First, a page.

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Smart scalpel detects tumors from smoke emissions during surgery

By Cait Orton | Posted - Jul 18th, 2013 @ 1:48pm


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LONDON — A smart electric scalpel has proved successful in immediately detecting cancerous tissue, giving surgeons more hope in the fight against cancer and removing tumors.

Surgeons cut through tissue with the smart knife’s blade, dubbed iKnife, and then smoke released from the cut is sucked into a mass spectrometer. The smoke is then analyzed, where subtle distinctions can be seen between healthy and cancerous tissue.

A recent study published in the Science Translational Medicine journal touts a 100 percent accuracy rate in deciphering healthy tissue from tumors, pooling from more than 300 patients.

Dr. Zoltan Takats, the knife’s inventor, told the Guradian the iKnife could push boundaries in the medical field in terms of what is and isn't operable.

"Such cases that today are just opened and closed back up may now fall into the operable category," Takats said. "Often the problem is if there is an invasive but still localised tumour (sic), no-one has the courage to really go after it."

Takats, a Hungarian chemist, started looking into the idea of the iKnife after realizing he could analyze the smoke excreting from tissue after being cut. He described the smoke as a tarry mixture. He then decided to put it in a mass spectrometer to be analyzed.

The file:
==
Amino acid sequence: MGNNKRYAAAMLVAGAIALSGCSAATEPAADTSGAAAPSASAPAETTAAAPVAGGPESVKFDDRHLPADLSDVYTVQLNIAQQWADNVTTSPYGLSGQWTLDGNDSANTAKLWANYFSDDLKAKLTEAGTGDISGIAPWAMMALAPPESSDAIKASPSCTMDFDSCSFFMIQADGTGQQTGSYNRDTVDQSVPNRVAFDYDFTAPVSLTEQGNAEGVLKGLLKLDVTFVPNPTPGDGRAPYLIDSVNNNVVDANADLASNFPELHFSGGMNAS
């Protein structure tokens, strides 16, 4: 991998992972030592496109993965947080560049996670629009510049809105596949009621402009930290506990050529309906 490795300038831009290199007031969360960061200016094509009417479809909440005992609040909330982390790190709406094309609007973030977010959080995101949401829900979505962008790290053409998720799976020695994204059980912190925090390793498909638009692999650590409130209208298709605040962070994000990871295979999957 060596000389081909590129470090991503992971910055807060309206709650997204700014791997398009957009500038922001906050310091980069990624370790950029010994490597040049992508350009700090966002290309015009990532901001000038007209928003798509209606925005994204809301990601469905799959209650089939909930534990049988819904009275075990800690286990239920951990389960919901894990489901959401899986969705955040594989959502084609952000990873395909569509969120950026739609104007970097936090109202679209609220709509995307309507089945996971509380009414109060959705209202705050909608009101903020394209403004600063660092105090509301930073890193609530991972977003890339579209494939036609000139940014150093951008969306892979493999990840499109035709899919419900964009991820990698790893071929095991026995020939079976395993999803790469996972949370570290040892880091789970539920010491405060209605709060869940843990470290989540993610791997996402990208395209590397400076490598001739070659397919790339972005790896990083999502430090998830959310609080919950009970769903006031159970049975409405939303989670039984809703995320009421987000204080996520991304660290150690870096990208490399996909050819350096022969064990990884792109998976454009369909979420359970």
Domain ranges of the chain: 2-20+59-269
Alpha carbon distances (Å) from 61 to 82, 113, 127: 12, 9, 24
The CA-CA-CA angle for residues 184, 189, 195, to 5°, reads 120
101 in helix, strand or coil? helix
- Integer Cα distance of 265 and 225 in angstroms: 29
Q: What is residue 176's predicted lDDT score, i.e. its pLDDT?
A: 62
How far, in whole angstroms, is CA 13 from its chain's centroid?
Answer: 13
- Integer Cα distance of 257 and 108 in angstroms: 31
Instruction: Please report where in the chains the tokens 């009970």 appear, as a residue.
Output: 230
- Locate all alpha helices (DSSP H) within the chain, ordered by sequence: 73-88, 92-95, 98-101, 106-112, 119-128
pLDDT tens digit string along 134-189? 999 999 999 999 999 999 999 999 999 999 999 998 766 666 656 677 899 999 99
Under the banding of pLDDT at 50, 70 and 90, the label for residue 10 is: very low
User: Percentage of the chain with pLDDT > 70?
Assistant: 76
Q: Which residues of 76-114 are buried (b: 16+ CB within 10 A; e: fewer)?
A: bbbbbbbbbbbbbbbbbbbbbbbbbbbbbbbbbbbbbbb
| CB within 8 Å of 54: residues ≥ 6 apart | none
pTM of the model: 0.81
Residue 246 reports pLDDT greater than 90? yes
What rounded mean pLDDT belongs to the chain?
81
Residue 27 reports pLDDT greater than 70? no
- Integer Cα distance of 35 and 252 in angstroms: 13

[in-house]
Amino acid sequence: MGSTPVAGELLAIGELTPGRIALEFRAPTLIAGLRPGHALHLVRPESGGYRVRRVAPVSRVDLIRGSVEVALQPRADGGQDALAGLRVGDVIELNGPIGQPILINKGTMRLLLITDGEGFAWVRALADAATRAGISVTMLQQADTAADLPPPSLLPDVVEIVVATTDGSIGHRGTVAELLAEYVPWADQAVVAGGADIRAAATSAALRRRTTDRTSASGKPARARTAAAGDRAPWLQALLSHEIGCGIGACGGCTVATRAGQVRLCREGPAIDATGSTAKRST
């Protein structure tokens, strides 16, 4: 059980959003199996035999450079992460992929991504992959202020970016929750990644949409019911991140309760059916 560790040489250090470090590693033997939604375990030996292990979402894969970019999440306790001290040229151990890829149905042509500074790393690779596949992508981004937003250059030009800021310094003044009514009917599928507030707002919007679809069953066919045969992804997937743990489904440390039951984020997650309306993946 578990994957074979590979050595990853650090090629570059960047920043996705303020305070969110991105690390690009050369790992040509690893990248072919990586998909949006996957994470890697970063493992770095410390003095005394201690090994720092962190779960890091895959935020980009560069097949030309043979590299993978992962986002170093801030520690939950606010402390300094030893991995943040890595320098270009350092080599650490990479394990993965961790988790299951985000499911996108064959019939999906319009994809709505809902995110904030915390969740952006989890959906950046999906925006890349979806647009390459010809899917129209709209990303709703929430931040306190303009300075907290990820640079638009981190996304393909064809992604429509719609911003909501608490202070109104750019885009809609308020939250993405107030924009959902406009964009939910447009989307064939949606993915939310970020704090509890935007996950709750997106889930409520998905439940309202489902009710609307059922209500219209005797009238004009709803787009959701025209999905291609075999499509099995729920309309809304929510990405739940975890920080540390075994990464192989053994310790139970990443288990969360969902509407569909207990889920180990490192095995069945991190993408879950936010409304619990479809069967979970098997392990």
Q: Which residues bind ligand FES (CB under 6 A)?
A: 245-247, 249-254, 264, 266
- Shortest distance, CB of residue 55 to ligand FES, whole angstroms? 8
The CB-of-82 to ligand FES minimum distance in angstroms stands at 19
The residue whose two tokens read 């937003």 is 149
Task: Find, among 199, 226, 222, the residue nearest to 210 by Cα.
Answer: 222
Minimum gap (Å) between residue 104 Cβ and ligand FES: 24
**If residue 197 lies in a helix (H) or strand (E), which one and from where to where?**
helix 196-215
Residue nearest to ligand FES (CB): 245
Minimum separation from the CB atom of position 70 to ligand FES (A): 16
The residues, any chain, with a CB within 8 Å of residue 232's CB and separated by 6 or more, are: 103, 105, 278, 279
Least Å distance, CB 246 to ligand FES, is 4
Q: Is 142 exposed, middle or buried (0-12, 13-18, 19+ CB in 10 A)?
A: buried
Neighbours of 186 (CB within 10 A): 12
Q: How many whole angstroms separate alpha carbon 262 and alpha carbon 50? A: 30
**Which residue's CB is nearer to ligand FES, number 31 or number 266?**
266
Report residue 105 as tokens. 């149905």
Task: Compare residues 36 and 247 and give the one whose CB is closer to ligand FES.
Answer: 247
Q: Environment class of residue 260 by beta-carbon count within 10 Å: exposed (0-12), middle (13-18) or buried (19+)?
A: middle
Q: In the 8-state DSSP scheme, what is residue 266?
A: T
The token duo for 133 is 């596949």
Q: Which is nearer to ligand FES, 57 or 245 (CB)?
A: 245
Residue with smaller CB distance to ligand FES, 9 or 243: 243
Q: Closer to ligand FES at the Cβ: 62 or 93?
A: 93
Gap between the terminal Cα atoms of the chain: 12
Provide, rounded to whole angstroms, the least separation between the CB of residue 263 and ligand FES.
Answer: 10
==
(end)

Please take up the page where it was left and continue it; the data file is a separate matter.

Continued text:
From there, Takats and his group at Imperial College London developed a display that shows red for tumor cells, green for healthy tissue and yellow for something more ambiguous, according to the American Association for the Advancement of Science.

One of the more valuable aspects of the medical development is the knife’s ability to determine the edge of a tumor. It can save doctors from cutting too much or too little, while helping speed up the process of identifying cancerous tissue. On the patient’s end, the device could minimize time under anesthesia.

The study shows the iKnife was used successfully on 81 surgical patients. Three London hospitals are continuing to use and test the knife.

"This is part of what we call precision medicine," Jeremy Nicholson, head of the department of surgery and cancer at Imperial College London, told BBC. "We're trying to change the world by very aggressively translating scientific discovery in to the (National Health Service)."

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